Malta-filmed Adrift buoyant at the box office
The movie Adrift may have been shot in Malta without much ado - at least to the public eye - and gone by relatively unnoticed, unlike other bigger films. But it has made quite a splash since it was released in Europe four weeks ago.
According to the trade magazine Variety, the movie has grossed $1.1 million in Spain, where its executive producer Stephan Barth told The Times it was very successful, and $1.3 million in the UK. The box-office total for Germany, where it has been called Open Water 2, was $919,933, with which Mr Barth was "more than happy".
The movie is soon to be released in the rest of Europe, including France and Italy.
For an independent production, the takings are considered to be reasonably good, and a film like Adrift is expected to be even more popular on DVD.
Shot here last summer over about eight weeks, and currently being screened in local theatres, Adrift has received some rave reviews.
It was awarded four stars in the Culture magazine of The Sunday Times of London by the respected film critic Cosmo Landesman, who is "generally quite harsh in his observations and limited with his praise of most films he is writing about", Luisa Bonello from the Malta Film Commission said.
"He gave it a very good four-star rating, and the full-length piece was also given the place of prominence for the week. A small independent film such as Adrift would normally warrant a brief overview in the sidebar, and would not be the main feature of the film section," Ms Bonello said.
The "supposedly cynical and sophisticated seen-it-all film critic" - as he described himself - said he was reduced to a sweaty, nervous wreck, squirming in his seat when he watched the movie.
As regards what the feedback of the film signified for Malta's industry, Ms Bonello said that since it was mostly shot in the water tanks, few members of the public would be aware that the island was used as a location.
However, she said, the success of the film and its technical accomplishments should contribute to industry awareness about Malta, especially in active European markets such as Germany, as well as prove that the water tanks are still a major asset for the local film-servicing sector.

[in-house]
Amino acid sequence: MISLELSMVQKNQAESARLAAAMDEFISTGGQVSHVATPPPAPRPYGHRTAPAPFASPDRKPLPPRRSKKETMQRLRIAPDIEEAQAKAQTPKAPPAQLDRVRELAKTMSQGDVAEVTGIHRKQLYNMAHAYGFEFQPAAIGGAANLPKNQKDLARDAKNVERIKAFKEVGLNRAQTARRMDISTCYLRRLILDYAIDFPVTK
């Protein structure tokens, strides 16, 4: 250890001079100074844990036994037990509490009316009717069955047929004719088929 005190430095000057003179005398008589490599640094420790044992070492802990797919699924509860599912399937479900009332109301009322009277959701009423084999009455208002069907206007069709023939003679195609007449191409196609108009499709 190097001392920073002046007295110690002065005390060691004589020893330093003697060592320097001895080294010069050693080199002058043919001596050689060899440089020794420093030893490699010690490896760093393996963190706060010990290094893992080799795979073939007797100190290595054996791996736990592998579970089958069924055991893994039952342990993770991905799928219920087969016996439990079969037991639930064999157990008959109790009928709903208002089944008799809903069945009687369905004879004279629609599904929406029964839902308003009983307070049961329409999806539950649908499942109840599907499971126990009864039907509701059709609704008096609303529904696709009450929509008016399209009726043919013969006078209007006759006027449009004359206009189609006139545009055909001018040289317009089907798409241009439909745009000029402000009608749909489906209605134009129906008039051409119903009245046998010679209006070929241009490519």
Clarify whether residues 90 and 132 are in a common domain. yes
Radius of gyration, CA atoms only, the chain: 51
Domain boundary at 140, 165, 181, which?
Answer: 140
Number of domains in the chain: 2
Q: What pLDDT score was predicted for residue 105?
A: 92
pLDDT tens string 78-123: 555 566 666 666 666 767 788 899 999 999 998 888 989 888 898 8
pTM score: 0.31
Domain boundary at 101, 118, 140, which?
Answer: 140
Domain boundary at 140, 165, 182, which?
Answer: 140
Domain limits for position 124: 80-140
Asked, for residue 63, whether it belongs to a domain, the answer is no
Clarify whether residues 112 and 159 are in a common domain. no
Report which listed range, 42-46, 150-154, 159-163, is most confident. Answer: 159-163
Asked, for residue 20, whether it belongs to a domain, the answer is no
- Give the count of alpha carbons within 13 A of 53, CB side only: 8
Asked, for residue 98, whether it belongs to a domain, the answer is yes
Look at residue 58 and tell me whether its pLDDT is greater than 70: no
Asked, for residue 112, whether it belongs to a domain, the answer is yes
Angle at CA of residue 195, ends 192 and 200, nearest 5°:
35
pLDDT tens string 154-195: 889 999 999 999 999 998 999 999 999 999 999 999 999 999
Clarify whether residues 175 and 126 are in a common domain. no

Ms Bonello also pointed out that Mexico has water tanks of its own, but it was more cost-effective for the German production company Orange Pictures to shoot in Malta, despite the fact that the movie is set in Mexico.
The gripping thriller's production notes state that Malta's shoreline shares a number of geographic similarities with Mexico.
"A crucial factor in selecting Malta was the incomparable local water tank facilities, which were customised for the requirements of the film crew. A major part of the schedule was shot in one of the biggest outdoor tanks in the world."
Then entitled Godspeed, it had pumped around x1.2 million into the economy, Mr Barth had said.
The movie's original budget was around x2 million, but this was increased considerably due to hiccups the production encountered - mainly when its director of photography broke his leg two weeks into shooting. The show went on and he continued working - from a wheelchair.
The making of the movie was not free of problems and it also went over schedule by two weeks due to the fact that Steven Spielberg's Munich was being shot here simultaneously and resources were blocked.
Overall, the production had a positive experience - Mr Barth described MFS as a high-tech studio area with good manpower, boasting lots of experience.
He had also commented about the "pirate" mentality when it came to costs, and admitted that the German way was to "make big movies with little money". He seems to have been proved right.
Mr Barth is currently working on Red Baron and has another three projects in the pipeline, one of them possibly to be shot in Malta, he said.
Based on a harrowing true story, Adrift is about a weekend cruise, aboard a luxury yacht, that goes horribly awry for a group of old friends when they forget to lower the ladder before they jump into the ocean for a swim. The boat proves impossible to climb, leaving them adrift, miles from shore.
To make matters worse, the main character, Amy, must contend with her crippling fear of the water and the horror that her baby is still on board.
As the reality of their situation sinks in, the friends begin to turn on each other. Soon, the exhaustion of keeping afloat and the struggle to get back on board begin to take a terrible toll and what started as a joyful reunion becomes a fight for survival.